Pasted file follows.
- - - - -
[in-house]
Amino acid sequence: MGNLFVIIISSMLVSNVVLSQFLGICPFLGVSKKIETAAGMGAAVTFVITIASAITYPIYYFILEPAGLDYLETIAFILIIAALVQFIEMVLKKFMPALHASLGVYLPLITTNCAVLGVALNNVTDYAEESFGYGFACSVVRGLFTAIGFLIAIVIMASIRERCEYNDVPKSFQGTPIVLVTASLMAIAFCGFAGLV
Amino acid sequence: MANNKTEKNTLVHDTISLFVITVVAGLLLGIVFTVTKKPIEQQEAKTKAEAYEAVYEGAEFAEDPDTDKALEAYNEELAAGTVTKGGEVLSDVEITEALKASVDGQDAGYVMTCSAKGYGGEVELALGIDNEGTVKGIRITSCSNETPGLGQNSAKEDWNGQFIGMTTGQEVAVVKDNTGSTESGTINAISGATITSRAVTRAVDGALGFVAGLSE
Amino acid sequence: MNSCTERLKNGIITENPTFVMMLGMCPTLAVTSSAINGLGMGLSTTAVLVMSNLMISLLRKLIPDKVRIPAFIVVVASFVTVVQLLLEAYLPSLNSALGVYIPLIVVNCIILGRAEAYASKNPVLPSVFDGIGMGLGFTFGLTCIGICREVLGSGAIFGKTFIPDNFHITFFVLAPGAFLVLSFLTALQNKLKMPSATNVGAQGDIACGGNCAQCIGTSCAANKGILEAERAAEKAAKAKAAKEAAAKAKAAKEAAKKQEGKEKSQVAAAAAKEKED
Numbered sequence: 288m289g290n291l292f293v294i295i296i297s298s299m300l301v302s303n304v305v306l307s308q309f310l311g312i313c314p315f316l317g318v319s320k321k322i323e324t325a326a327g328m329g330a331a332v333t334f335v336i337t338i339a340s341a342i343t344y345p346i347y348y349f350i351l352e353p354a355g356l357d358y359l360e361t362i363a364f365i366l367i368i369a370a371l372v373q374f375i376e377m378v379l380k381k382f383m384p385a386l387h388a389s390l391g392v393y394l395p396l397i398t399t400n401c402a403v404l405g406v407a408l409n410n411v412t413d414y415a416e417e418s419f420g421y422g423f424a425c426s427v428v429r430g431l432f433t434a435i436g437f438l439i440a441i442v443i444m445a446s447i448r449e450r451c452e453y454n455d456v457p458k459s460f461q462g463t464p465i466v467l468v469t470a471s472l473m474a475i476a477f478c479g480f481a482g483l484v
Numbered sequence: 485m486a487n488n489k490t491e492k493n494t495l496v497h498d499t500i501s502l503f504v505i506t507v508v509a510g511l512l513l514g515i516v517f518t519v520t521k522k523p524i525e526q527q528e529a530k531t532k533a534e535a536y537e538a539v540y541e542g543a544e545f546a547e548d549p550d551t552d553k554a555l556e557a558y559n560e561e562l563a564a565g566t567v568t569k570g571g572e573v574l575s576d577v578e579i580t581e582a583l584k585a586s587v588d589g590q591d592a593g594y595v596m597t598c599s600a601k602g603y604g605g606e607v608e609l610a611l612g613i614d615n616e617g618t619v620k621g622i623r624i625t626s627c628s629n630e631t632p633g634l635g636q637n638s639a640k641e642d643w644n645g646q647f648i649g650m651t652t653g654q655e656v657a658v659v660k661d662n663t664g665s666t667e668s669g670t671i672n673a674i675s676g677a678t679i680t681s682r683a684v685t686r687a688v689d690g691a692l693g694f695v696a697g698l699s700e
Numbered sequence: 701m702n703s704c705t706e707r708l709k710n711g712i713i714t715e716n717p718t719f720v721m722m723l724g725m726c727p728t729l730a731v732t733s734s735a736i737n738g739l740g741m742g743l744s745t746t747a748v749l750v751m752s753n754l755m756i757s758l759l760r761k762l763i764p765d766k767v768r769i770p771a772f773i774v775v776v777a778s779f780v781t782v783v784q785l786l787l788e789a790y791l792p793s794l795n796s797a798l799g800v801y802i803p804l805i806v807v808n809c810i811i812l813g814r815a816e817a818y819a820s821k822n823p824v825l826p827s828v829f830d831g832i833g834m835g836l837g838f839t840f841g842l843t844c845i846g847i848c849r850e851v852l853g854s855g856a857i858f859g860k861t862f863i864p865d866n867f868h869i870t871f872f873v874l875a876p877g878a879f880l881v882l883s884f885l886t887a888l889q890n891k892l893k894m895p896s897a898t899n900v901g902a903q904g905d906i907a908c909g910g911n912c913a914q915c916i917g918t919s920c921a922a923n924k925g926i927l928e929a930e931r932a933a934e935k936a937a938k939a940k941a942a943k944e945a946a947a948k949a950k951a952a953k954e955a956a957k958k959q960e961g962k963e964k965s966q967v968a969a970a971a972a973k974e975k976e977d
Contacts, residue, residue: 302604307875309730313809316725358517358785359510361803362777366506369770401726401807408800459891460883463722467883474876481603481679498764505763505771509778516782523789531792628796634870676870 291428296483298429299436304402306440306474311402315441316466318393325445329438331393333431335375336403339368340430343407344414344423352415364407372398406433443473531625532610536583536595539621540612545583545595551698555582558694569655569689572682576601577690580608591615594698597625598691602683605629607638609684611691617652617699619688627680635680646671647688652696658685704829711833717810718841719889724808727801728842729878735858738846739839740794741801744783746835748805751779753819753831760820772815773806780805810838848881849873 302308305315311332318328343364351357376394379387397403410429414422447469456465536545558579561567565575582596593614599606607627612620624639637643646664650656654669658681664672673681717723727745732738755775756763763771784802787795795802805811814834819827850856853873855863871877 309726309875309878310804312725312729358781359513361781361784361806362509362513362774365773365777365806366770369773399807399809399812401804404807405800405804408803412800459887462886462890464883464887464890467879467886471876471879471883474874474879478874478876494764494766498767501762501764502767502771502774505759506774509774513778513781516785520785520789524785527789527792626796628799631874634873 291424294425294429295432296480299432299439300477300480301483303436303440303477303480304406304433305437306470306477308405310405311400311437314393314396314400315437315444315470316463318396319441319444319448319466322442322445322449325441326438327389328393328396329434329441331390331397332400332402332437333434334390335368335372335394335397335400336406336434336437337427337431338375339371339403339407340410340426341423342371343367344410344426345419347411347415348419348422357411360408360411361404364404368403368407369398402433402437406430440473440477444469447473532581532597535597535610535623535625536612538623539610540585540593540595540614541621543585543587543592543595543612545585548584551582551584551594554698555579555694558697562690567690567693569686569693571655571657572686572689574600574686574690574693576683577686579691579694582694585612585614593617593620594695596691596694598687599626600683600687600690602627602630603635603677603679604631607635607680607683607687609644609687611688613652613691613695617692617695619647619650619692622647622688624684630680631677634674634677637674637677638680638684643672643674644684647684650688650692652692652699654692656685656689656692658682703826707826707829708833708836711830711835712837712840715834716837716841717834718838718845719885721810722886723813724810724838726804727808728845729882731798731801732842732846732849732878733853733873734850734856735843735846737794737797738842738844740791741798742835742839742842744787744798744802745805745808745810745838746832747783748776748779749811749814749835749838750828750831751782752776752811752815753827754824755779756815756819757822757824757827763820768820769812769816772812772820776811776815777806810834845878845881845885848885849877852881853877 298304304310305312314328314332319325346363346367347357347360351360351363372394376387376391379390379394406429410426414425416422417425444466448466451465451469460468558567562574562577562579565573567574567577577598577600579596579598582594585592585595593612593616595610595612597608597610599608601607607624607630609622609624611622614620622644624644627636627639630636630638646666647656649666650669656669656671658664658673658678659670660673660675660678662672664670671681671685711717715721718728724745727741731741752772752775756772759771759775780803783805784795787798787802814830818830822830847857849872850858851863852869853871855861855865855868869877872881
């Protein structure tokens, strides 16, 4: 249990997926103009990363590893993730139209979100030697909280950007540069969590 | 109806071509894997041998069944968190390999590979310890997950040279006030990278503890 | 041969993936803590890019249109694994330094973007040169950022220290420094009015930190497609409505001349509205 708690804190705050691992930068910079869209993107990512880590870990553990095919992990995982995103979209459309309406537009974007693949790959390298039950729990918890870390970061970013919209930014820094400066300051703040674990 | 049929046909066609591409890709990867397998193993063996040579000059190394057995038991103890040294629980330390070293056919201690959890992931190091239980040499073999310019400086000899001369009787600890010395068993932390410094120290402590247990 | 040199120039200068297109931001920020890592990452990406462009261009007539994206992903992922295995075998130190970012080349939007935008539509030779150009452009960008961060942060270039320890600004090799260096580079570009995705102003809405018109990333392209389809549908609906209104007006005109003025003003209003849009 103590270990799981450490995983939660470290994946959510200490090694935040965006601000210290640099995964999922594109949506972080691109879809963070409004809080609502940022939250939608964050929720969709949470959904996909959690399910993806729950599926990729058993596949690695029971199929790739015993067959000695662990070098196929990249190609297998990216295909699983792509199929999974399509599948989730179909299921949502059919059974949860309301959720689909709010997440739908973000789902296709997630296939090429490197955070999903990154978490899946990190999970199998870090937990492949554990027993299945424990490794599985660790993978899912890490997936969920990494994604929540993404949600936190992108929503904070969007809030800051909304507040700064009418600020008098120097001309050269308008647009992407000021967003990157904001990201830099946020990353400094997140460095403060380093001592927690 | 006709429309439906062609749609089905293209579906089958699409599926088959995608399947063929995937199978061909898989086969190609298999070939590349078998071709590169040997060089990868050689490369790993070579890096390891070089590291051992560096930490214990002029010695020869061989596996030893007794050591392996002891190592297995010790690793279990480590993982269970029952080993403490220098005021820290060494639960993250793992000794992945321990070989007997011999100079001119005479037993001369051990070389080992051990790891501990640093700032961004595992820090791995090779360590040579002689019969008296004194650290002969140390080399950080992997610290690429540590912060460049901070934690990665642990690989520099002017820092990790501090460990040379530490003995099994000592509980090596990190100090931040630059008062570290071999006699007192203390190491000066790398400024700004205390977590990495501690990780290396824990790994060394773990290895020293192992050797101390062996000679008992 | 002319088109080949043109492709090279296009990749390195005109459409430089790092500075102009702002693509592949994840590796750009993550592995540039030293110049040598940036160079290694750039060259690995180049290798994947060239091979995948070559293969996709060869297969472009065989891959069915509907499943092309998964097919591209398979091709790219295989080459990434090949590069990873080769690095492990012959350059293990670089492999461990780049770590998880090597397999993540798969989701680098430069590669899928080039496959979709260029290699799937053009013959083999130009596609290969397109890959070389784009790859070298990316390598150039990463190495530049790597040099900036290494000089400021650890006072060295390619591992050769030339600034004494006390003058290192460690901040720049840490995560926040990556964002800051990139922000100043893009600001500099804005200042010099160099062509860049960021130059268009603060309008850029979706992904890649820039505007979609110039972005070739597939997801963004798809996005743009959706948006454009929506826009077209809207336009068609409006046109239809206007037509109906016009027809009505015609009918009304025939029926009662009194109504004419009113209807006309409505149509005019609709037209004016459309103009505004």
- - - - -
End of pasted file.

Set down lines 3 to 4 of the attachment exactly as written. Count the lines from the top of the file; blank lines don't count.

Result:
Amino acid sequence: MANNKTEKNTLVHDTISLFVITVVAGLLLGIVFTVTKKPIEQQEAKTKAEAYEAVYEGAEFAEDPDTDKALEAYNEELAAGTVTKGGEVLSDVEITEALKASVDGQDAGYVMTCSAKGYGGEVELALGIDNEGTVKGIRITSCSNETPGLGQNSAKEDWNGQFIGMTTGQEVAVVKDNTGSTESGTINAISGATITSRAVTRAVDGALGFVAGLSE
Amino acid sequence: MNSCTERLKNGIITENPTFVMMLGMCPTLAVTSSAINGLGMGLSTTAVLVMSNLMISLLRKLIPDKVRIPAFIVVVASFVTVVQLLLEAYLPSLNSALGVYIPLIVVNCIILGRAEAYASKNPVLPSVFDGIGMGLGFTFGLTCIGICREVLGSGAIFGKTFIPDNFHITFFVLAPGAFLVLSFLTALQNKLKMPSATNVGAQGDIACGGNCAQCIGTSCAANKGILEAERAAEKAAKAKAAKEAAAKAKAAKEAAKKQEGKEKSQVAAAAAKEKED